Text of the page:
Round two of talks in Moscow to discuss the Syrian crisis resulted in no significant breakthroughs, reports suggest.
Hosts Russia – a key ally of Syrian President Bashar al-Assad – welcomed government representatives and some mainstream members of the Syrian opposition, for discussions ending in an agreement on a set of principles, but nothing concrete, it would seem.
Qadri Jamil, Syrian former government official, now with the opposition, said:
“We were under no illusions that the Moscow meeting would bring an end to the Syrian crisis. But the important thing is that we reached an understanding on a number of issues between the opposition and the regime,” he said.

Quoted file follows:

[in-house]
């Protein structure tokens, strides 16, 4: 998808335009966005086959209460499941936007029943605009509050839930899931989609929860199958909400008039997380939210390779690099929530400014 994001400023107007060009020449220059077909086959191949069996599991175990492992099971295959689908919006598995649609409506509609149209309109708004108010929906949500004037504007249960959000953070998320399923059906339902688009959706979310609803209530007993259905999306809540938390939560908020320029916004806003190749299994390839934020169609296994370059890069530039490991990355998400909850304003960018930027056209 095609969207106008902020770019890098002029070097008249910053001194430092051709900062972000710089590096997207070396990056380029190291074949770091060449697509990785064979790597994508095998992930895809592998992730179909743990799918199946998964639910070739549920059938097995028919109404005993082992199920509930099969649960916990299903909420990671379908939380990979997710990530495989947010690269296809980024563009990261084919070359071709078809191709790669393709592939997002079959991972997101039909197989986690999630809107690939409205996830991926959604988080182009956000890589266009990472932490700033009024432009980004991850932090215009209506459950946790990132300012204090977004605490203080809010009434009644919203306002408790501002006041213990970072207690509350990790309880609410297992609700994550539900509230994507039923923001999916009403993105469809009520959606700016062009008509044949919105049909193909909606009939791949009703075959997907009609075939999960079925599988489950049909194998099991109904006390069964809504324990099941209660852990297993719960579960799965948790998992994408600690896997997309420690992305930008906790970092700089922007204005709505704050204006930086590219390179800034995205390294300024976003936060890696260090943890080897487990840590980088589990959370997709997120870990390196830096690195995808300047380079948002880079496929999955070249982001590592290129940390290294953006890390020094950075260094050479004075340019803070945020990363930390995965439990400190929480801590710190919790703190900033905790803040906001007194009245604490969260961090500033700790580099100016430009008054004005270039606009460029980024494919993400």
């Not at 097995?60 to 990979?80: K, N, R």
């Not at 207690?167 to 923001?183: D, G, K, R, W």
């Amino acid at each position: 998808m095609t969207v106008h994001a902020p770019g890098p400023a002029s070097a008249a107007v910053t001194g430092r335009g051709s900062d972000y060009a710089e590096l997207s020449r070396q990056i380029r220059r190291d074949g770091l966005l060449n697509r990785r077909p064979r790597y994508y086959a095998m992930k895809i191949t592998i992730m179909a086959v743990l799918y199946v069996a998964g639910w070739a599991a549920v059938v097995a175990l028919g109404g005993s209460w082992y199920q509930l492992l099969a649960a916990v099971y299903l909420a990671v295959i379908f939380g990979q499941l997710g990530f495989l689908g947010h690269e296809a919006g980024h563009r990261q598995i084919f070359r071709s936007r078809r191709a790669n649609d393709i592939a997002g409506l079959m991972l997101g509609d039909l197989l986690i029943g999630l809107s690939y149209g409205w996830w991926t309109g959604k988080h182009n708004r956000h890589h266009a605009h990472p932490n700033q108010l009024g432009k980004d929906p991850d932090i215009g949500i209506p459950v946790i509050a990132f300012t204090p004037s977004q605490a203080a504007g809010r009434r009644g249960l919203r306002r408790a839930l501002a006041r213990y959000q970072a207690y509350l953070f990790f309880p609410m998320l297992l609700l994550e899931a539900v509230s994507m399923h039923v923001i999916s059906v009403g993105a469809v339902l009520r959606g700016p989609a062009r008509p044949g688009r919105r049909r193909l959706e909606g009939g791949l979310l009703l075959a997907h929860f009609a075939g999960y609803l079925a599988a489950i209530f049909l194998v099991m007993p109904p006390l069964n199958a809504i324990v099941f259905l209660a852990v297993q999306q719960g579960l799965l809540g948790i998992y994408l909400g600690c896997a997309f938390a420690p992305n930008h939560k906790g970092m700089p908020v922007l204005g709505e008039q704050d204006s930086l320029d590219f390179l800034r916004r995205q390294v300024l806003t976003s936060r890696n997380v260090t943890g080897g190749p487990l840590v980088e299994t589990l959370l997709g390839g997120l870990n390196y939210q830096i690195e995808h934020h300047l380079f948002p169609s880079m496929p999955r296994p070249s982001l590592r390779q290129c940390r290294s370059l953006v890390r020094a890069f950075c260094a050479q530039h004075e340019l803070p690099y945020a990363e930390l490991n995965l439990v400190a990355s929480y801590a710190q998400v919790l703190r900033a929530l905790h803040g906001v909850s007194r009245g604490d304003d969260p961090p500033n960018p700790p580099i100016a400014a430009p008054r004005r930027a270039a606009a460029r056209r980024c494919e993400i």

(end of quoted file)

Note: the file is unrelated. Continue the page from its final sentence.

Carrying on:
The Syrian National Coalition, made up of opponents of Assad, boycotted the discussions, which were apparently marred by animosity, with parties blaming each other for lack of progress.
Samir Aita, representative of the Syria Democratic Forum opposition group, said:
“How are we to bring other members of the opposition to the negotiating table? This document doesn’t help build hope. On the contrary, it destroys it.”
They apparently did agree on the need to fight terrorism and end foreign meddling, but disagreed with what this meant.
A four-year civil war continues to rage in Syria, with more than 220,000 people killed.